EDIT: The fact that there is very little trade denominated in BTC means that we have to convert to established currencies as an extra step in order to obtain the most accurate information in practice, but in theory it is not necessary.

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March 03, 2013, 02:43:55 AM
 #91

I'm saying that you can value something in any currency, regardless of the denomination of the price. If usagi were borrowing BTC (which turns out to be not the case) to buy silver priced in dollars, the important relationship is the price of silver in BTC. Dollars are irrelevant, except that they were used temporarily for the trade.

Yes, as I said, that is true -- however Deprived is actually more correct here because we fix the price of silver in BTC by looking at the price of silver in dollars. I mean, I know you're talking about "silver", and I and he are talking about "TU.SILVER", so I don't disagree. Just commenting on how we do things.

It appears that you are saying that (for example) if the silver had a price in euros instead of dollars, then it's subsequent value in BTC would be affected by BTC/EUR instead of BTC/USD. That is the misconception that I am referring to. I try to illustrate the misconception by pointing out that the price can be in any currency simply by converting.

It would be both a misconception and a truth. The markets are not perfectly efficient. So if most of our customers are using euros, that would be a better way to sell silver. Not just more efficient but more in line with public perception. The goal here is to move silver, odolvlobo, so we have to sell to our customers. Dollars, euros, BTC, is all just a red herring. If you traded in colored beads I would quote you a price in colored beads and find an exchange which allowed me to trade in colored beads.

What you are really looking at there is my supply chain. If I source silver in US dollars, I cut a price in US dollars to ensure I make a profit such that I can buy more silver with what I make. If I buy it in Euros, same. The real risk to me and my customers actually has nothing to do with currency of any kind including BTC, because silver is money. Once my customers get their hands on shares of TU.SILVER the price in BTC or fiat of any kind is irrelevant.

They have a guaranteed amount of silver.

That is what TU.SILVER is all about.
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March 03, 2013, 04:10:04 AM
 #92

I am pleased to announce the March week 1 TU.SILVER report.

http://kongzi.ca/silver/TSR/20130303TSR.pdf

Comments are welcome, I stand by to answer any shareholder's questions about the company.
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March 06, 2013, 03:37:17 AM
 #93

I am pleased to announce our Amagi Metals order has arrived. We now have twenty 2013 Canadian Maples IN STOCK!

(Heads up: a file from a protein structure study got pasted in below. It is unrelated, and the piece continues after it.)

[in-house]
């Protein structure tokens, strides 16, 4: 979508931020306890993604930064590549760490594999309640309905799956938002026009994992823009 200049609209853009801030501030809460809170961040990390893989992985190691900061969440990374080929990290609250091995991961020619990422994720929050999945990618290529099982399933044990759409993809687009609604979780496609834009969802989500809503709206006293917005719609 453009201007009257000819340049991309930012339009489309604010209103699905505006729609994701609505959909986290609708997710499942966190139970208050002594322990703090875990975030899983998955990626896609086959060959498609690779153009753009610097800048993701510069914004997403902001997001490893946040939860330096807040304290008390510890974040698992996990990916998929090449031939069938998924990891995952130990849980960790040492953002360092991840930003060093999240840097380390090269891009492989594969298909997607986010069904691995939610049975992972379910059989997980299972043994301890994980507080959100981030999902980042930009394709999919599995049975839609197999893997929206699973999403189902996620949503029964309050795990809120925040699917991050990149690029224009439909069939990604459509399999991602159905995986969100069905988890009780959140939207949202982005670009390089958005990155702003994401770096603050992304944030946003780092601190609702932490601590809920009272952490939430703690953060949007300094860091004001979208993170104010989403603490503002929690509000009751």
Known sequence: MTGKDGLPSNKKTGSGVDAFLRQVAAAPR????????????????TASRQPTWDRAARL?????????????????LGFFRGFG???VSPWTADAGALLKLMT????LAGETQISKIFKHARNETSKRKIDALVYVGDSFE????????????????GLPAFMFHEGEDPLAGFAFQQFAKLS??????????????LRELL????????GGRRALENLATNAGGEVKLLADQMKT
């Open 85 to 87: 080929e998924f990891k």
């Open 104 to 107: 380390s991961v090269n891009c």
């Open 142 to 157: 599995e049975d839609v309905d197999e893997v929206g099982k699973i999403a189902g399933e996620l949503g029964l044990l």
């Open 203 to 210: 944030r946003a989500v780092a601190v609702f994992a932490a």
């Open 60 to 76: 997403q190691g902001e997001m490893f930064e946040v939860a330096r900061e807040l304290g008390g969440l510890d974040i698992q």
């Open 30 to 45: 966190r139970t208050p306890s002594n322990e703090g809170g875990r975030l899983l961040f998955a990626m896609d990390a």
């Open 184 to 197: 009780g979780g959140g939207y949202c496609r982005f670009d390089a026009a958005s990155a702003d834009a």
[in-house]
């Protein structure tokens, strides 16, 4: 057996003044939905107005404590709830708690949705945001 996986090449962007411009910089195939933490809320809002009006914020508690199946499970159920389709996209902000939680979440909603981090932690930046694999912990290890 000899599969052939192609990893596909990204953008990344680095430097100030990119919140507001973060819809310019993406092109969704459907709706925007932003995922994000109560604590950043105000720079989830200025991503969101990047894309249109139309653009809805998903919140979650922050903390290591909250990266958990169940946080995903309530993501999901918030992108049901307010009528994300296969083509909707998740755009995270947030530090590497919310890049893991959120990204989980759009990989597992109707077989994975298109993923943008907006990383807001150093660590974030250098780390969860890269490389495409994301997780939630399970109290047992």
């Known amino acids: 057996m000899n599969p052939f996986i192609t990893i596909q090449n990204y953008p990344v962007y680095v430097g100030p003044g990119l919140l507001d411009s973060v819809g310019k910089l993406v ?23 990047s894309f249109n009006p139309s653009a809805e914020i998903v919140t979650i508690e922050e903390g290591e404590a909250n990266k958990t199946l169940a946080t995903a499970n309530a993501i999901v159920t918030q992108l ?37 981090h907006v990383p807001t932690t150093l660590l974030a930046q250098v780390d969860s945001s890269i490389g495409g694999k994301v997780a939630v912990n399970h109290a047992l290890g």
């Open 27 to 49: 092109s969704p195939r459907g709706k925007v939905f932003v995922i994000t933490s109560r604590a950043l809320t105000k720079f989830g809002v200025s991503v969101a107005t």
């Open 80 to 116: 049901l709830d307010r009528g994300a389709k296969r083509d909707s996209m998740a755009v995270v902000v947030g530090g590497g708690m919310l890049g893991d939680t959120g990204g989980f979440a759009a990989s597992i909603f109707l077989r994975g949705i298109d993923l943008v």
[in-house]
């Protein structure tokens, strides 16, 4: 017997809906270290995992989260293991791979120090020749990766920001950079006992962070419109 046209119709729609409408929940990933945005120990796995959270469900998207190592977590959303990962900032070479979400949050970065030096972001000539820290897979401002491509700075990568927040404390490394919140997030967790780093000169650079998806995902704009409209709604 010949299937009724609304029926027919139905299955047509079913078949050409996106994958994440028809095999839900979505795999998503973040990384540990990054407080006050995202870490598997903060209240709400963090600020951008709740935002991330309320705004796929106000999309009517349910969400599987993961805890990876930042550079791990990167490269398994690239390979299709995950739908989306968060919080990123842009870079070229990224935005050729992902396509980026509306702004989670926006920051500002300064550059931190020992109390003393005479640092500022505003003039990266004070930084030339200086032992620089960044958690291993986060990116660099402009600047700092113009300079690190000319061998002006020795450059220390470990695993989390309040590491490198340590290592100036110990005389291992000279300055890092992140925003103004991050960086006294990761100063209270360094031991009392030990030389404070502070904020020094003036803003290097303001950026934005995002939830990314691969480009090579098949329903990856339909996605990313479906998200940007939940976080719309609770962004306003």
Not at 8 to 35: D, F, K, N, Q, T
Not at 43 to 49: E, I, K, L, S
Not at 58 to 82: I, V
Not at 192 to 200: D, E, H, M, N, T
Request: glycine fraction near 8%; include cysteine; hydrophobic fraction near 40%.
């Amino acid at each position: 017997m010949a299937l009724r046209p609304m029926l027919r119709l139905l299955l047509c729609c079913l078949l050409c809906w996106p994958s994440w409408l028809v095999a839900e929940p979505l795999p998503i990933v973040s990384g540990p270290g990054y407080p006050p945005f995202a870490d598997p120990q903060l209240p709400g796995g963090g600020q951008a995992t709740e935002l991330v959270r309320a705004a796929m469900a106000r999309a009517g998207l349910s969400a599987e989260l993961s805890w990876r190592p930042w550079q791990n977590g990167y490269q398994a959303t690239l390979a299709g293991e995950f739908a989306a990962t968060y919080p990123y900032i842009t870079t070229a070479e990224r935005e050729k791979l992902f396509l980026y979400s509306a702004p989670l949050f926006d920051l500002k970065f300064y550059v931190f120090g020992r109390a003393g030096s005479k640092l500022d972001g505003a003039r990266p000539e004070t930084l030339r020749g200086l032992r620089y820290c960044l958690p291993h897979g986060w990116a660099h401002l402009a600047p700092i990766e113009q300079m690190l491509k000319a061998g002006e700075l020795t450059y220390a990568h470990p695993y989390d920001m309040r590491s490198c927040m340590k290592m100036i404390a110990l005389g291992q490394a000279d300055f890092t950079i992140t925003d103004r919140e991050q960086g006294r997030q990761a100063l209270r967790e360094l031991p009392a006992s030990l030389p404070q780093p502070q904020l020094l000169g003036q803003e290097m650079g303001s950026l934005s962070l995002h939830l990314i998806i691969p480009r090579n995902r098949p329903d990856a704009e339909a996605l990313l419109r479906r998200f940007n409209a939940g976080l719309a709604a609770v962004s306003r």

Wow, are they ever good looking coins! They look good!



Please see our profile page on BitFunder for more images of the maples and our other silver inventory.

Oh, and don't forget to redeem your shares for your maples -- first come first served!
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March 10, 2013, 09:07:40 AM
 #94

I am pleased to present this week's Tu.SILVER report.

http://kongzi.ca/silver/TSR/20130310TSR.pdf

Relevant quote:

During the preparation of February’s report, our financial advisor commented on how difficult our books were to understand. I responded by selling all our investments and moving entirely into JAH on BitFunder. This was at a price for JAH between 6.5 and 9 bitcents. Right after I did this, ASICMINER started paying dividends and JAH exploded to over 30 bitcents a share. I could not believe our luck!

As a result of this, TU.SILVER has about 30 bitcoins available to be invested somewhere. Thus I put it to you, the investors. What should TU.SILVER do with the money we've earned? We could advertise. Maybe we should invest in something (ASICMINER?) or maybe we should pay a special dividend. I'm not sure at this point. Sales have dried up due to the extreme volatility in the price of BTC. So perhaps we should throw it in something stable and tied to BTC like BTC-BOND or LTC-ATF.B1?

Please share your ideas on what TU.SILVER can do with the money. Should we buy S.DICE? What would you do if you had an extra 30 bitcoins?
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March 11, 2013, 04:02:34 AM
 #95

I am pleased to present this week's Tu.SILVER report.

http://kongzi.ca/silver/TSR/20130310TSR.pdf

Relevant quote:

During the preparation of February’s report, our financial advisor commented on how difficult our books were to understand. I responded by selling all our investments and moving entirely into JAH on BitFunder. This was at a price for JAH between 6.5 and 9 bitcents. Right after I did this, ASICMINER started paying dividends and JAH exploded to over 30 bitcents a share. I could not believe our luck!